Why Pro Wrestling Needs A Union

(Photo Credit: WWE)

A lot of old trivia, highlights, and memories from the past decades always start to emerge in the pro wrestling world. Whether it is a single image, an article, or a social media post, some of these can truly spark a hot debate.

One such debate was sparked when a friend of mine re-shared a list of wrestlers and their salaries from the early 2000s. Somebody pointed out that some lower card stars were making more than Rob Van Dam, which did not really make any sense at all, despite Van Dam being injured for most of that particular year.

One other thing that struck me was the sheer fact that not everyone had a first-class flight or a four-star hotel; which is absolutely the norm on any union project in my field – the entertainment industry. This is why I decided to write about the strong belief I have that wrestling should have a union. And not just any union. I argue for the fact that any WWE or AEW star, or any wrestler that makes it onto a streaming or cable/network platform should be allowed to join SAG-AFTRA.

Before 2012, these were two different unions. SAG was the Screen Actors’ Guild, and AFTRA was the American Federation of Television and Radio Artists. I joined the latter after acquiring a minimum amount of TV credits right before the two merged. I would argue that wrestlers on TV or any internet streaming platform be allowed to join this union.

As an actor, when I am booked to work on a project that requires me to fly out, I never pay out of my own pocket. BIG no no. The perks of SAG-AFTRA, under most circumstances, are first or business-class tickets (whichever is available on the given route); a suite or mini-suite (based on what is available in the area) in a 4-star hotel; ground transportation provided at all times, and bonuses paid when traveling a certain mileage outside of your home zone.

These are things that only a select few wrestlers get, believe it or not. Some use their resume as leverage for these things; others use their current position in the company to leverage their own current worth against what their own future worth may be. And that is why guys like Batista knew how to negotiate their contracts, raking in 3x what they should have been getting at that time.

When it comes to pay, and if we are to equate certain aspects of wrestling to certain aspects of acting, the way to look at it is – if you are a series regular, then you are either a champion, or in the circle of contenders for said championship.

If you are a recurring guest star, then you are either also in the circle of contenders for the title, or you are just making a huge name for yourself by squashing opponents left and right. Almost like Omos in his build-up with Brock.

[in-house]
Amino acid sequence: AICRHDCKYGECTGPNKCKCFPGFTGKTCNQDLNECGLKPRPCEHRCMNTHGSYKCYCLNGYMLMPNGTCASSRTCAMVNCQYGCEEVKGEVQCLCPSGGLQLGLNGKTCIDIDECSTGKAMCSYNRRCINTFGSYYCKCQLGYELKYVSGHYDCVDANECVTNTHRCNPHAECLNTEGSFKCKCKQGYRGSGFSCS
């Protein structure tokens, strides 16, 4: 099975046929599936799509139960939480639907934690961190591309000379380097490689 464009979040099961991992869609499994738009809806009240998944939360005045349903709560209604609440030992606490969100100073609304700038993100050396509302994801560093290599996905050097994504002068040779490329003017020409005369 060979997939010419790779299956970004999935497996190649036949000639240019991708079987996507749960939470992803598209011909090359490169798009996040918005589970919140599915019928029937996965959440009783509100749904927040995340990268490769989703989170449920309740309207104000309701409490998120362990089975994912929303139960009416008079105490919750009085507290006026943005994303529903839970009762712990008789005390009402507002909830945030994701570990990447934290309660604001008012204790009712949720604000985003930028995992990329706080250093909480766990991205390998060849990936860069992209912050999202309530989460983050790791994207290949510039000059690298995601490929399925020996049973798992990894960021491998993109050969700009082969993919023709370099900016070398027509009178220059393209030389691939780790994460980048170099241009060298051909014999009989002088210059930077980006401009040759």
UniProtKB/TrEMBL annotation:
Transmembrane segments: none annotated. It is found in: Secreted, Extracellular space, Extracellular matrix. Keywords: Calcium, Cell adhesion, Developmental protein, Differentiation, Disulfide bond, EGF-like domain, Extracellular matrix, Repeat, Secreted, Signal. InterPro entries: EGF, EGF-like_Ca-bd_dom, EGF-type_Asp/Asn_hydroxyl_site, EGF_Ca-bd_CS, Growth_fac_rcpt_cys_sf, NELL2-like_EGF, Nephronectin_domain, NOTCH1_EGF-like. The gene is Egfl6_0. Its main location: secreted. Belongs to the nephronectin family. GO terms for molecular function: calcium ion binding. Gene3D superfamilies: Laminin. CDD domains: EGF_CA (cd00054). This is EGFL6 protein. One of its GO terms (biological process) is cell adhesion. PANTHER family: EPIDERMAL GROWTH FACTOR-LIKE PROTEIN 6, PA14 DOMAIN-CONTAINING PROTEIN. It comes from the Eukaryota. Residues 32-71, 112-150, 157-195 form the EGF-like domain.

There are two monster guest-stars right there. And then you have your Ali’s, Elias’s, your Rick Boogs. These are co-stars who are trying to do what they can to make it on to that big scene again, and they are doing very well at it in my opinion.

The reason I break all of these down is that my union protects the rates that are paid for each of these categories. Minimum for a series regular on a show today is $35,000-60,000 per episode. Recurring guest stars get no less than $8000 minimum per episode. Co-Stars make minimum of $1200 per episode.

In mainstream professional wrestling, these lines are blurred and just because you are a star does not mean you will automatically be treated like one. A great example of this is when Chris Jericho won the Undisputed Titles, that night he paid for his own hotel. That is not how it would happen had he been in a union.

In conclusion, the most obvious way that wrestling and Hollywood are not similar is how each respectively treats their own. Hollywood treats principal actors like gold. I explain to non wrestling fans -that laugh at my love for this sport and this art- that wrestlers work much harder than actors do to truly get to the top. They put their bodies on the line day in and day out and sometimes they never ever make it to the top. And while actors work hard, remain patient, and do our work until the big break – which does come if committed – wrestlers risk their lives every night in hopes of getting a taste of some WWE action.

What do you think? Share your thoughts, opinions, feedback, and anything else that was raised on Twitter @PWMania and Facebook.com/PWMania.